Easy-to-follow video tutorials help you learn software, creative, and business skills.Become a member

Making your writing considerate

From: Business Writing Fundamentals

Video: Making your writing considerate

Has anyone ever sent you a thinking of you card or opened a door for you, or helped you complete a project on time? You probably said, "Thanks, you are so considerate." We like considerate people. But have you ever considered that as a business writer, you need to be considerate to your reader? You can be considerate of your reader in a variety of ways. Make the document look easy to read. Emphasize the message's main purpose, and follow the basic paragraphing guidelines. First, design your document so it looks and is easy to read.

Making your writing considerate

Has anyone ever sent you a thinking of you card or opened a door for you, or helped you complete a project on time? You probably said, "Thanks, you are so considerate." We like considerate people. But have you ever considered that as a business writer, you need to be considerate to your reader? You can be considerate of your reader in a variety of ways. Make the document look easy to read. Emphasize the message's main purpose, and follow the basic paragraphing guidelines. First, design your document so it looks and is easy to read.

Your reader is busy, and your message is competing with numerous other messages. Readers will always choose a message that looks easy to read, so they don't have to work at reading long, confusing paragraphs, or try to determine your key points. Your responsibility as the writer is to design it in a considerate way. Look at these two versions. "There are several steps to getting "your authorization approved. "You first have to see your supervisor "to pick up the form, then you "have to fill out the form.

"Next, you must attach all receipts to the form. "After your receipts are attached, take it to your "supervisor, who will then have to sign it. "You will have your answer within 30 days." Or this approach. "Please follow these steps for authorization approval. "1. Get the required form from your supervisor. "2. Fill out the form. "3. Attach all receipts to the form. "4. Have your supervisor sign the form. "5. Wait 30 days for approval." Which version would you read first, be able to understand, and follow more quickly? Because we feel overloaded with information, we want and need documents that are both quick and easy to scan.

You as the writer have a responsibility to your reader to chunk the information in easy to understand units, so using numbered lists and bullets helps your reader identify the key points. Another way to be considerate of your readers' time is by making important information stand out with bold, italics, or underlines and internal headings. In other words, emphasizing the main points. Internal headings help guide your reader from section to section of a document, and give your reader a preview of what that section contains.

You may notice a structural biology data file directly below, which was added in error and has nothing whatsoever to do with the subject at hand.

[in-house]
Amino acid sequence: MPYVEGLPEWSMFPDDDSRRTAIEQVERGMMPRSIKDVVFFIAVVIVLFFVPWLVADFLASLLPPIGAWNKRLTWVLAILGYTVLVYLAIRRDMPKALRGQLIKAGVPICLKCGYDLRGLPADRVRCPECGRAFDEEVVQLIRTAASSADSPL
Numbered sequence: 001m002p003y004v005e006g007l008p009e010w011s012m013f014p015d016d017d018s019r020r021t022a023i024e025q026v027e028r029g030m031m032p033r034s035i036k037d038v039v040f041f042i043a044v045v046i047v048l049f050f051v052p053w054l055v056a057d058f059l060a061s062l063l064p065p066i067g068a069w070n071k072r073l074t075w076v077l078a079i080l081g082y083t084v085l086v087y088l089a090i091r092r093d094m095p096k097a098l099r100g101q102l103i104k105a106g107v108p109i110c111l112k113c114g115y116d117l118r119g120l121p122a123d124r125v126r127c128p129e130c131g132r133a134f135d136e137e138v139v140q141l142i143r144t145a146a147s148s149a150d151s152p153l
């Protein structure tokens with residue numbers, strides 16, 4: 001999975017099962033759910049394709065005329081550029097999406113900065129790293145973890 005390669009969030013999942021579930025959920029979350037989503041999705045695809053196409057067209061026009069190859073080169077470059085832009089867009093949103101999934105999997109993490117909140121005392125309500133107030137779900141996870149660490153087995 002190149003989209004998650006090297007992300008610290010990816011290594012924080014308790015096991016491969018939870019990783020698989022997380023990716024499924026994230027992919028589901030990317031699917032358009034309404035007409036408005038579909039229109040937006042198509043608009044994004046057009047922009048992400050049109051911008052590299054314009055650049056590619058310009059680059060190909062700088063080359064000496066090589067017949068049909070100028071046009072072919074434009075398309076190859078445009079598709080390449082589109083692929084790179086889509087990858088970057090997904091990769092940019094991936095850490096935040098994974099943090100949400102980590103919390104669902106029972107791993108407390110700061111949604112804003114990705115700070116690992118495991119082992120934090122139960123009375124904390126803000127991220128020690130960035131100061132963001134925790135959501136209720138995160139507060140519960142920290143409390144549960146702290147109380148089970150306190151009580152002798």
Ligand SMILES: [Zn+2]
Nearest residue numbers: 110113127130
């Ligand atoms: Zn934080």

Look at the next two examples. The notice from the home office. Now look at the revised version. Notice the headings, the short paragraphs, how easy it is to read. Do you have any question which version is more considerate of your reader's time, or which one would be read first? Also look at the length of and content of your paragraphs. The first example had one 14-line paragraph. Maybe you remember from Writing 101 that a paragraph means one idea, opens with a topic sentence, and provides support for that main idea.

The average length of a readable paragraph in shorter documents such as memos, letters, and emails, is about six to eight lines. Not sentences, but lines. Definitely question any paragraph that exceeds ten lines. Chances are, you're trying to include multiple ideas and will confuse your reader. So how can you be considerate of your reader's needs and time? Make your document look easy to read, with lists, short paragraphs, bold or highlighted print, and internal headings.

Your considerate document will stand out, and your reader will thank you.

Show transcript

This video is part of

Image for Business Writing Fundamentals
Business Writing Fundamentals

23 video lessons · 11258 viewers

Judy Steiner-Williams
Author

 

Start learning today

Get unlimited access to all courses for just $25/month.

Become a member
Sometimes @lynda teaches me how to use a program and sometimes Lynda.com changes my life forever. @JosefShutter
@lynda lynda.com is an absolute life saver when it comes to learning todays software. Definitely recommend it! #higherlearning @Michael_Caraway
@lynda The best thing online! Your database of courses is great! To the mark and very helpful. Thanks! @ru22more